NEW YORK - AUGUST 07: Mike Lowell #25 of the Boston Red Sox hits an RBI double in the second-inning against the New York Yankees on August 7 2010 at Yankee Stadium in the Bronx borough of New York City. (Photo by Mike Stobe/Getty Images)
I had a realization last night. Really, I want to call it a revelation, but it's probably not intense enough to count.
It was before the night game, I was wandering around through the mist, waiting to meet up with someone and idly looking through some links on my phone. I opened up the Boston.com Extra Bases page, and saw the lineups for that evening. It read:
I looked at it. First impression was it's not too different from the one in the afternoon game. Essentially we traded Lowrie for Hall and Cash for Lowell (offensively speaking, of course). The part that surprised me was that when I saw it, it occured to me that I'm not sure that this lineup is a downgrade from the one fielded this afternoon. It wasn't the Hall for Lowrie thing, I think Lowrie is a better hitter than Hall, but Hall has actually hit very well lately, and with a lot of power. No, the surprising realization was that I feel about as comfortable with Kevin Cash at the plate as I do with Mike Lowell lately.
First of all, and a large reason I didn't mind this was that Lowell consistently bats 6th when he is in the lineup. This seems to frequently result in a rally starting in the beginning of an inning, only to end up with Lowell popping out on the first pitch. Cash may be a worse hitter than Lowell, but at least with him in the lineup, our 3-4-5-6 are all good, patient hitters who will grind out at bats.
What we've been told all along is that Mike Lowell can still hit. If he sees frequent at bats, he will still be the offensive force he's always been (for the record, the offensive force he's always been- his career average wOBA- would put him squarely in between Mike Napoli and Adam LaRoche for first basemen this year. That would be fine. Instead, his wOBA for the year puts him squarely just worse than Jorge Cantu, in the middle of his awful year). The problem is, that just hasn't been the case.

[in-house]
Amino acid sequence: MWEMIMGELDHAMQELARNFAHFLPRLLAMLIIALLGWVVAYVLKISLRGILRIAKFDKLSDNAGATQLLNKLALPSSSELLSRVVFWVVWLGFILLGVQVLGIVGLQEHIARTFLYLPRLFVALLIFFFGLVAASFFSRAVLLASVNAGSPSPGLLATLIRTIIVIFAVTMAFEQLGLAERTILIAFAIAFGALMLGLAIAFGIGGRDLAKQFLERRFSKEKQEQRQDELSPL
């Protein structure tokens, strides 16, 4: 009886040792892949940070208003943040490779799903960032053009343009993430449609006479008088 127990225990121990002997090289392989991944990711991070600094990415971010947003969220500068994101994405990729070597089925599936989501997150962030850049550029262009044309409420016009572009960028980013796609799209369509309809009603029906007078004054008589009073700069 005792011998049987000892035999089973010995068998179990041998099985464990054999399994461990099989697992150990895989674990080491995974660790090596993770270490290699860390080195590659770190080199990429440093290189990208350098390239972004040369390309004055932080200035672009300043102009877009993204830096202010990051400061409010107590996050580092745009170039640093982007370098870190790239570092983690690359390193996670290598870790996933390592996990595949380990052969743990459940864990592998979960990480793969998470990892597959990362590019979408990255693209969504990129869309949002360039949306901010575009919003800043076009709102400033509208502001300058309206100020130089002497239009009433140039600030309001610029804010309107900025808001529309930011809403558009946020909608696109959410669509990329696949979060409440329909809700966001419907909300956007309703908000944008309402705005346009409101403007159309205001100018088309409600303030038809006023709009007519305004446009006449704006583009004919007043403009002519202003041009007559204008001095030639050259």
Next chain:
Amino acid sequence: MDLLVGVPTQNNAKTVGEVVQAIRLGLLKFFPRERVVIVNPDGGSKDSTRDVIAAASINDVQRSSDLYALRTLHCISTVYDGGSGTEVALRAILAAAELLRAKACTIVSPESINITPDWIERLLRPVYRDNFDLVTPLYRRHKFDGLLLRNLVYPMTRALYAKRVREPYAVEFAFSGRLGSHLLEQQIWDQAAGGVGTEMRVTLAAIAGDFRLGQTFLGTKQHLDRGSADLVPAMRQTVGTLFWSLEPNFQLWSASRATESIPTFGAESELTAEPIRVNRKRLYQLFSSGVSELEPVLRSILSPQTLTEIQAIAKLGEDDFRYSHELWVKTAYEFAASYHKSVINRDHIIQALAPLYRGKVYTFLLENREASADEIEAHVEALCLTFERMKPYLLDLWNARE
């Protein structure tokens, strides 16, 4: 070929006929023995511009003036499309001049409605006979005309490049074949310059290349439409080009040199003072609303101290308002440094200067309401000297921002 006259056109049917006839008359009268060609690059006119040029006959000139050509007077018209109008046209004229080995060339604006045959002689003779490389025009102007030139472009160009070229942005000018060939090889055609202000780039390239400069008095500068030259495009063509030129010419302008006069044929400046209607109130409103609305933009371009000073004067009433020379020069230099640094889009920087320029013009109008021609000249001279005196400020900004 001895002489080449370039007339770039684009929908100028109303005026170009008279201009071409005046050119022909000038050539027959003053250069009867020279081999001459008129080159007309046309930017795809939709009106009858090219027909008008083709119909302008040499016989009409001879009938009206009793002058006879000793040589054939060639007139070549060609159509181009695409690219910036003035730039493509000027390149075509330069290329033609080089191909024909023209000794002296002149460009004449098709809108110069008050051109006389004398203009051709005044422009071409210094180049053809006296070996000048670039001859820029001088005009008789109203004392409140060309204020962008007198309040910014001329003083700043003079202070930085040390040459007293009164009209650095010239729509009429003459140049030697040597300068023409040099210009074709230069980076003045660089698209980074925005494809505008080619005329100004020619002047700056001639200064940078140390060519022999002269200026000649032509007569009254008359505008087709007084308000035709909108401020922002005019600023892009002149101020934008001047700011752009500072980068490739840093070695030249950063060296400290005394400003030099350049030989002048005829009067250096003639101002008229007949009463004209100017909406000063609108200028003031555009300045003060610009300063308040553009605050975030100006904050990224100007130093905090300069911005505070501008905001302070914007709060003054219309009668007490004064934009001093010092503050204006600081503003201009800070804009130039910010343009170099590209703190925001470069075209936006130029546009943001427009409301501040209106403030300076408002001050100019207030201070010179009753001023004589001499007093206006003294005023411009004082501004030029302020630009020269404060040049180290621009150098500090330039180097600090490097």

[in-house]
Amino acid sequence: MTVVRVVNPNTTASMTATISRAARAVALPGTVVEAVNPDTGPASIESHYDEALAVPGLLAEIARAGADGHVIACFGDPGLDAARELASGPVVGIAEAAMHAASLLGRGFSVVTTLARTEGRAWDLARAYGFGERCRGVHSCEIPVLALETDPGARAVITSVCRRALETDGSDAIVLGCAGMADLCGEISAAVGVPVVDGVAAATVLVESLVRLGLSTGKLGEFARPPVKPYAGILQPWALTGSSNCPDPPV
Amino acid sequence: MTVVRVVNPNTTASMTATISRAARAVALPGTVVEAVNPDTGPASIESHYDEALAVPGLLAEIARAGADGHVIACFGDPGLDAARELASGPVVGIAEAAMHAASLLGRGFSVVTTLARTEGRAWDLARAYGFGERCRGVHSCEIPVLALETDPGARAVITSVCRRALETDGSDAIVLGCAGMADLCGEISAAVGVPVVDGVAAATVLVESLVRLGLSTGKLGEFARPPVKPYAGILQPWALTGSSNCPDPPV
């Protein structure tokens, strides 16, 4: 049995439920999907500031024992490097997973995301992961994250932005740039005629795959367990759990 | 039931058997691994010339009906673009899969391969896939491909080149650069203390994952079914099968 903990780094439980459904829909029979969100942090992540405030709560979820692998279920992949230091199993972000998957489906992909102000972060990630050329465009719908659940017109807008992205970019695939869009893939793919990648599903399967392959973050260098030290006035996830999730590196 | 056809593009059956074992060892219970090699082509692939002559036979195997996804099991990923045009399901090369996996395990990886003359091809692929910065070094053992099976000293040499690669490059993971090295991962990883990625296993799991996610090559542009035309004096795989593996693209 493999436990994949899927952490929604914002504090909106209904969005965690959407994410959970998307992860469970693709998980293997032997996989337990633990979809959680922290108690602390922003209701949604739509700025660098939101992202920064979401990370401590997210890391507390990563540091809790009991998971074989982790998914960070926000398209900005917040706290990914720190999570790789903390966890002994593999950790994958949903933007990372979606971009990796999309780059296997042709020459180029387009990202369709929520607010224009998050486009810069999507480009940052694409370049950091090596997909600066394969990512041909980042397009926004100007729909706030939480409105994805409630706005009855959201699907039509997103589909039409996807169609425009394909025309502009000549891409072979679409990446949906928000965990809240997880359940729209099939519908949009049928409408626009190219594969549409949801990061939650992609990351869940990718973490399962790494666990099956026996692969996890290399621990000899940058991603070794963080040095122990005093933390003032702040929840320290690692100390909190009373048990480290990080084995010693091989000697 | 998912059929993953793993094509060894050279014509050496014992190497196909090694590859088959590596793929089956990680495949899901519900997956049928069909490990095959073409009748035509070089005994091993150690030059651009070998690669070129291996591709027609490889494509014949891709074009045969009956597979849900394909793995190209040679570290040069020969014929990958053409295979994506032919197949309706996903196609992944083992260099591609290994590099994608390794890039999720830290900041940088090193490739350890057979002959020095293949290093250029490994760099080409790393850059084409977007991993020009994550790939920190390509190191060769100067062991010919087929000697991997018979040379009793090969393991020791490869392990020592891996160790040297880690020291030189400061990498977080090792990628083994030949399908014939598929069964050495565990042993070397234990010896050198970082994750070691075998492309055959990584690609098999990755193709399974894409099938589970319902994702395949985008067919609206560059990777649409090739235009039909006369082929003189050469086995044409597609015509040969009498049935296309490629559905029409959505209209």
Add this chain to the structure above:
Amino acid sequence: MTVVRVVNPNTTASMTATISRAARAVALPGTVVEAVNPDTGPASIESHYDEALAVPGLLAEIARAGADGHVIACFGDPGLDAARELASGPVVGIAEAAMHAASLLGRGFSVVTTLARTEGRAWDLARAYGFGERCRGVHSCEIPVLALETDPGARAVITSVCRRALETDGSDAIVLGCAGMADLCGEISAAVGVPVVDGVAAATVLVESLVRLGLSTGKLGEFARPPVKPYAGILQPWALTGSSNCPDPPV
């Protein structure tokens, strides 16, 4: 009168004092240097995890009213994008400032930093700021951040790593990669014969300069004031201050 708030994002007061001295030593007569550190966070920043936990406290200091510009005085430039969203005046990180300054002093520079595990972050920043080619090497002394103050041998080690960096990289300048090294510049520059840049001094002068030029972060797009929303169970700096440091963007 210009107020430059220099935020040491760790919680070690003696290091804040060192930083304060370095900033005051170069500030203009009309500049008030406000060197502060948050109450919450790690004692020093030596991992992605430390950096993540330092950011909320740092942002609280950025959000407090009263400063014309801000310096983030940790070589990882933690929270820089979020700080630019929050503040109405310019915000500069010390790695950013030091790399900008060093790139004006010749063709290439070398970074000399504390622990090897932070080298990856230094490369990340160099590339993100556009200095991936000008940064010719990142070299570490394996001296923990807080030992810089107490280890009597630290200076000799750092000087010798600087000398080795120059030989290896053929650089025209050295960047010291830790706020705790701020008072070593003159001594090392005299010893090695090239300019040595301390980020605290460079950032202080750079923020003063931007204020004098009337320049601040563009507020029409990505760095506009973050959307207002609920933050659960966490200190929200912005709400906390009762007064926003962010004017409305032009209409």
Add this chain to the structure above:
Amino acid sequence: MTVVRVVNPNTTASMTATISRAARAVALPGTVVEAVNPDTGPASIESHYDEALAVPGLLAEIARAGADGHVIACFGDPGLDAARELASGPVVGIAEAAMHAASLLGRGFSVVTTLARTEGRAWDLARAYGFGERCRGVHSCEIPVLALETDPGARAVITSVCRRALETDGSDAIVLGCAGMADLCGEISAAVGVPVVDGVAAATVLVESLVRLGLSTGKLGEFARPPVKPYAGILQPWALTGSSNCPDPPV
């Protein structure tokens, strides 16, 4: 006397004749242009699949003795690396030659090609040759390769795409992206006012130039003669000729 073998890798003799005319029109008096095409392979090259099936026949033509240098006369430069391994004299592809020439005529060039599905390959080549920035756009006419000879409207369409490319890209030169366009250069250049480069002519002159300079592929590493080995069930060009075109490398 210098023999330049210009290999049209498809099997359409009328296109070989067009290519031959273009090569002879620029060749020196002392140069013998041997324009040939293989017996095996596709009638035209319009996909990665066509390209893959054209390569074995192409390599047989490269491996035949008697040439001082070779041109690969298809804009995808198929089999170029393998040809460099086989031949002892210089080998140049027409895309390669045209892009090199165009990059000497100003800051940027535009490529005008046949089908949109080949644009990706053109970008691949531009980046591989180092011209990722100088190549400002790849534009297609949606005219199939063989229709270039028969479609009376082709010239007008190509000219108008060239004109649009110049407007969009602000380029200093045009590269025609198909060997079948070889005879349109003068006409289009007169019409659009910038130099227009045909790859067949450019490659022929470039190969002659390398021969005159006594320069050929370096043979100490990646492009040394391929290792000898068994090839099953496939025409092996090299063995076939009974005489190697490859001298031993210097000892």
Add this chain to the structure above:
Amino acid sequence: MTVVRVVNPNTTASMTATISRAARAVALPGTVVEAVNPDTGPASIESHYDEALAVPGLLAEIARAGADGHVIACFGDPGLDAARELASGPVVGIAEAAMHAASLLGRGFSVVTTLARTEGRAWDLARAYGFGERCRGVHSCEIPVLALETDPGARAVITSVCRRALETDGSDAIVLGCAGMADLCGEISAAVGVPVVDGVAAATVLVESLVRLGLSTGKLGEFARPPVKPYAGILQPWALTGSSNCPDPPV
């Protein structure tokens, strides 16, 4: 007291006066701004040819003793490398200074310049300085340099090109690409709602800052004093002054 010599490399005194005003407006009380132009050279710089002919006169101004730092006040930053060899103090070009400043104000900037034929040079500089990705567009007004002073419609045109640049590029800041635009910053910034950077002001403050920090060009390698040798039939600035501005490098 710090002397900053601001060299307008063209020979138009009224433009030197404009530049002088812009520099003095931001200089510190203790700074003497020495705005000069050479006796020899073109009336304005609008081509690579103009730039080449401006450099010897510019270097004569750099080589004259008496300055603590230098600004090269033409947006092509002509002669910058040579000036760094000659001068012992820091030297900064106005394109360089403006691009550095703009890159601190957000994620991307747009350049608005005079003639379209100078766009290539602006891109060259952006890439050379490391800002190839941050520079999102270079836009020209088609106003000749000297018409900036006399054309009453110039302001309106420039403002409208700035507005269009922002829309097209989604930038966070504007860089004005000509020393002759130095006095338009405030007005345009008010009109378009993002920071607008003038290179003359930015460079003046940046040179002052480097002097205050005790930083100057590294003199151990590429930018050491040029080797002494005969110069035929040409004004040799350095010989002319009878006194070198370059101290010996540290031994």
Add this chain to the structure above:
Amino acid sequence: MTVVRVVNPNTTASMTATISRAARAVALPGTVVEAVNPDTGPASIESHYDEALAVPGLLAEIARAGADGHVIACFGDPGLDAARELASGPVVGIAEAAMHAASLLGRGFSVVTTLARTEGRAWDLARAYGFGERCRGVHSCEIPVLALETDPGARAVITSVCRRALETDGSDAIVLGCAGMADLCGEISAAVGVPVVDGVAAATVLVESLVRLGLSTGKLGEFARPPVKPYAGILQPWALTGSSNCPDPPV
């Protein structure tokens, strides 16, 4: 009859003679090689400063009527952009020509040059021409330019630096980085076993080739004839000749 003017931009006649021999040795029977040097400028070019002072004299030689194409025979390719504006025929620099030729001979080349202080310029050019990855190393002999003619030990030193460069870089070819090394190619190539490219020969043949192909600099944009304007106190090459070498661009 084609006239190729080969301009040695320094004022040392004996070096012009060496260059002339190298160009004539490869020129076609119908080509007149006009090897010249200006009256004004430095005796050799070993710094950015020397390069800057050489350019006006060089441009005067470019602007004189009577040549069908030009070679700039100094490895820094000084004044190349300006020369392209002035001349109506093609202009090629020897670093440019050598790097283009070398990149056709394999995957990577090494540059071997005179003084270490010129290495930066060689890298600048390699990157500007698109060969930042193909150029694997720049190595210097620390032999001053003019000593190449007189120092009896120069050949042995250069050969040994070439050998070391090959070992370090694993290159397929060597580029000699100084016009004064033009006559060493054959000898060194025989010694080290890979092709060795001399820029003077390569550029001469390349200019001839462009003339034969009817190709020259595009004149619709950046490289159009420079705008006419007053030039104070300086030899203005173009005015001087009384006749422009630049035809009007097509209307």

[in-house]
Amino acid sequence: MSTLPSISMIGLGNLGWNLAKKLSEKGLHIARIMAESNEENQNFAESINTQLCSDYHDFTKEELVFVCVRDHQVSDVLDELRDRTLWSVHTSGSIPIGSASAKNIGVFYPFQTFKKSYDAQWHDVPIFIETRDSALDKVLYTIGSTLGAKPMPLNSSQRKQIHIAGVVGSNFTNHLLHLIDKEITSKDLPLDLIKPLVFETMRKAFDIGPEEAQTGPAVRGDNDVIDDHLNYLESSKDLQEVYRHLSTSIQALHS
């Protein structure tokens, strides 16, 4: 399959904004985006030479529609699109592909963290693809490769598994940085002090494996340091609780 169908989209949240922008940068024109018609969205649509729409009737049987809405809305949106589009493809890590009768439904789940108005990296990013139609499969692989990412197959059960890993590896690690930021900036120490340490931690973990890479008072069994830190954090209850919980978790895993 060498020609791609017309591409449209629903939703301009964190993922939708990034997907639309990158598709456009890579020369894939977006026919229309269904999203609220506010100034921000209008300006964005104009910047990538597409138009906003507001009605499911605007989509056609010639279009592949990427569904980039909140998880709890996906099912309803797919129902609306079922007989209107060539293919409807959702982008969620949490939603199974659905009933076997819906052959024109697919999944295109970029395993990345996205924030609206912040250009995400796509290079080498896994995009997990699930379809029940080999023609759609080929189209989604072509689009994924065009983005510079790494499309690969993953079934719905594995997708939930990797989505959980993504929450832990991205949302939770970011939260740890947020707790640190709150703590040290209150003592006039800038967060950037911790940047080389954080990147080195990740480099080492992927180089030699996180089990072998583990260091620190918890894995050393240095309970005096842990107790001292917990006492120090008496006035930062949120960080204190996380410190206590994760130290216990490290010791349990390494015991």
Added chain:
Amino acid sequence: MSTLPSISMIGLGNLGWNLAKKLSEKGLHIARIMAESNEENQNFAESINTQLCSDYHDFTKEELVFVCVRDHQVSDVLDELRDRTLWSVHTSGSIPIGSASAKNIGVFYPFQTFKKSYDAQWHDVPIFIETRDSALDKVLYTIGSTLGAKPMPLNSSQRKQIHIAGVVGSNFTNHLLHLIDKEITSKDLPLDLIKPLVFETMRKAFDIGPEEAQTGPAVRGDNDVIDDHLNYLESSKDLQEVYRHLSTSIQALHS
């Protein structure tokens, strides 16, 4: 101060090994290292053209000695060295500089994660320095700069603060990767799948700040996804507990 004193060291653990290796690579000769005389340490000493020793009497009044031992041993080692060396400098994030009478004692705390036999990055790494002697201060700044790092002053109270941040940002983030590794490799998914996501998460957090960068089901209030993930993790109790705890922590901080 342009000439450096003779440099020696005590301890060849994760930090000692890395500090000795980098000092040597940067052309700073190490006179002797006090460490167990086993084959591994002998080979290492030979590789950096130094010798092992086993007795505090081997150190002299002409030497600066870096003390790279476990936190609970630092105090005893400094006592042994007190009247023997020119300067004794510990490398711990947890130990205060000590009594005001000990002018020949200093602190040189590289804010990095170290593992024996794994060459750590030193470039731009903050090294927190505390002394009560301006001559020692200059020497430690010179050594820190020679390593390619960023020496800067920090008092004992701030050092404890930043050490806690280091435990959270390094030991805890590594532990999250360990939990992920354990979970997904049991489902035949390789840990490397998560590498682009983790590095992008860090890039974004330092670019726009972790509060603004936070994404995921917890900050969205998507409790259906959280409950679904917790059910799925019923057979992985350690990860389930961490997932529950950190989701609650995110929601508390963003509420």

Since the beginning of August, essentially where this stint as a first baseman began, Lowell has hit to a line of .258/.320/.409 which, while marginally better than the atrocious numbers he put up in part time duty, is easily on pace to be the second worst of his career. In addition, he's putting up just awful numbers against left-handed pitchers, who he's supposed to be much stronger against.
So what's my point here? Obviously there's not a lot of options. Adam LaRoche has passed through waivers, but the Diamondbacks seemed inclined to try to work out an extension with him. Really, there's not a ton of first base options available at this point, so he isn't easily replaceable. Lars isn't ready for the majors, and neither is Rizzo. We don't really have another legitimate possibility in the minors, especially with Delgado being injured and unable to play.
What I'd really like to see is Lowrie playing first the vast majority of the time, with Hall playing second. I think that's our best possible option, but I recognize that it's unlikely to happen. I realize that we're probably going to have Lowell be playing first base most of the rest of the year.
So here's all I ask- it's a simple favor really. Tito, when Lowell is probably the worst hitter in the lineup you're putting out, please, until he proves otherwise, don't put him in the middle of the lineup as if he were a legitimate run producer, bat him at the end.